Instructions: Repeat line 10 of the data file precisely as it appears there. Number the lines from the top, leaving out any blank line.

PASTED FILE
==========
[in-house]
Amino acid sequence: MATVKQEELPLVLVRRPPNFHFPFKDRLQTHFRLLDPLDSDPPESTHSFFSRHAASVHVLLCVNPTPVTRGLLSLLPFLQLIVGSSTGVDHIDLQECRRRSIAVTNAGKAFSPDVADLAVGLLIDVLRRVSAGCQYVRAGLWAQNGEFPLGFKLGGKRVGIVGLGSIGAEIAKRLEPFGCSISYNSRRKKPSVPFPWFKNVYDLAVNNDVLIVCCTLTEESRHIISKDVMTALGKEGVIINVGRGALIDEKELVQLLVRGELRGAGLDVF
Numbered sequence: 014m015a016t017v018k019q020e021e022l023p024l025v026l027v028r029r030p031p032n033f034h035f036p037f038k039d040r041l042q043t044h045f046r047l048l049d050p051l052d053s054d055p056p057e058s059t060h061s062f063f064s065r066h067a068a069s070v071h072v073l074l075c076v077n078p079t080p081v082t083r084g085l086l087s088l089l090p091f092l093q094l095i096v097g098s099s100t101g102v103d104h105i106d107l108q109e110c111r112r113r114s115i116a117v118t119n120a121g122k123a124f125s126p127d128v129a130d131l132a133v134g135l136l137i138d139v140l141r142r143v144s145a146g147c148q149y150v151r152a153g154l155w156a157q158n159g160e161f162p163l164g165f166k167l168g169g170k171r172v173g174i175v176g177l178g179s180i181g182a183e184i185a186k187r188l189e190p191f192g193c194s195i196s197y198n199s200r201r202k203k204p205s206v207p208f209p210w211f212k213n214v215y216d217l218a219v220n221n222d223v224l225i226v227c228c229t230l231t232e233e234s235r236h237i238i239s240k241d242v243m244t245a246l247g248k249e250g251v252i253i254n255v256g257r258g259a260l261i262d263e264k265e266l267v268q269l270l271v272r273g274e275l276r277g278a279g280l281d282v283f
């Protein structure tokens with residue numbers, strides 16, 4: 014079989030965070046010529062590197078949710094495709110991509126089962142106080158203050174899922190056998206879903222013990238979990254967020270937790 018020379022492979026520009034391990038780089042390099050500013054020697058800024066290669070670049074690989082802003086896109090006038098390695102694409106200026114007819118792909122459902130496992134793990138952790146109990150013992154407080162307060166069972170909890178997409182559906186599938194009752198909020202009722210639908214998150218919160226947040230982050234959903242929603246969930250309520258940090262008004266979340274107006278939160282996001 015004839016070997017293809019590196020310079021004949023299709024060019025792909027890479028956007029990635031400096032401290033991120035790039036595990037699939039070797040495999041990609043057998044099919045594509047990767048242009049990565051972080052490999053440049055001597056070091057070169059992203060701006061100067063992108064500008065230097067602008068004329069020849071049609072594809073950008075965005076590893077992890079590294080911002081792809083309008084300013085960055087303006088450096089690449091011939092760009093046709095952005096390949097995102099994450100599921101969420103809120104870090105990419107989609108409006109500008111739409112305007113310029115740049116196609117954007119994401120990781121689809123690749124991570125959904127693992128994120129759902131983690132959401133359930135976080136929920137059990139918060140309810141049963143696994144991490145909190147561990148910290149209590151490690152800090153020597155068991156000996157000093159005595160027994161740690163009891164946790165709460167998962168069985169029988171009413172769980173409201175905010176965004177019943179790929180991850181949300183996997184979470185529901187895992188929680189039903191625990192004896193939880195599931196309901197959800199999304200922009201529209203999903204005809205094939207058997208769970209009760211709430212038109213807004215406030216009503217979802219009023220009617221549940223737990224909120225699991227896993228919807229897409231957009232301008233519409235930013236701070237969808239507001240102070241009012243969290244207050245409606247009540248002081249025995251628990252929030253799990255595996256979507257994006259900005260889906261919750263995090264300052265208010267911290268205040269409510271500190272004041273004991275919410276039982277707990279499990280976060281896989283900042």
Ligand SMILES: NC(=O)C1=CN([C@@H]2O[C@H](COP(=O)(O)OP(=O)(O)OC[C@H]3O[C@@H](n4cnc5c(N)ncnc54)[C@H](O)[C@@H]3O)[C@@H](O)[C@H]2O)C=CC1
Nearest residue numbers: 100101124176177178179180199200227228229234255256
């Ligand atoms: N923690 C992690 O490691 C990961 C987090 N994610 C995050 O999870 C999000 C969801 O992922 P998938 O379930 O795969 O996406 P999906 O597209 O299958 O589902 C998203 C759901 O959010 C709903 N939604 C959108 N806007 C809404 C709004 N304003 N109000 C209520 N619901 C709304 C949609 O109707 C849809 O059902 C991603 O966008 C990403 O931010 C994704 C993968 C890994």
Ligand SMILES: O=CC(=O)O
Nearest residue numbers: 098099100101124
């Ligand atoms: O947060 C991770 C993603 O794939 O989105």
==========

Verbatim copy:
């Ligand atoms: O947060 C991770 C993603 O794939 O989105």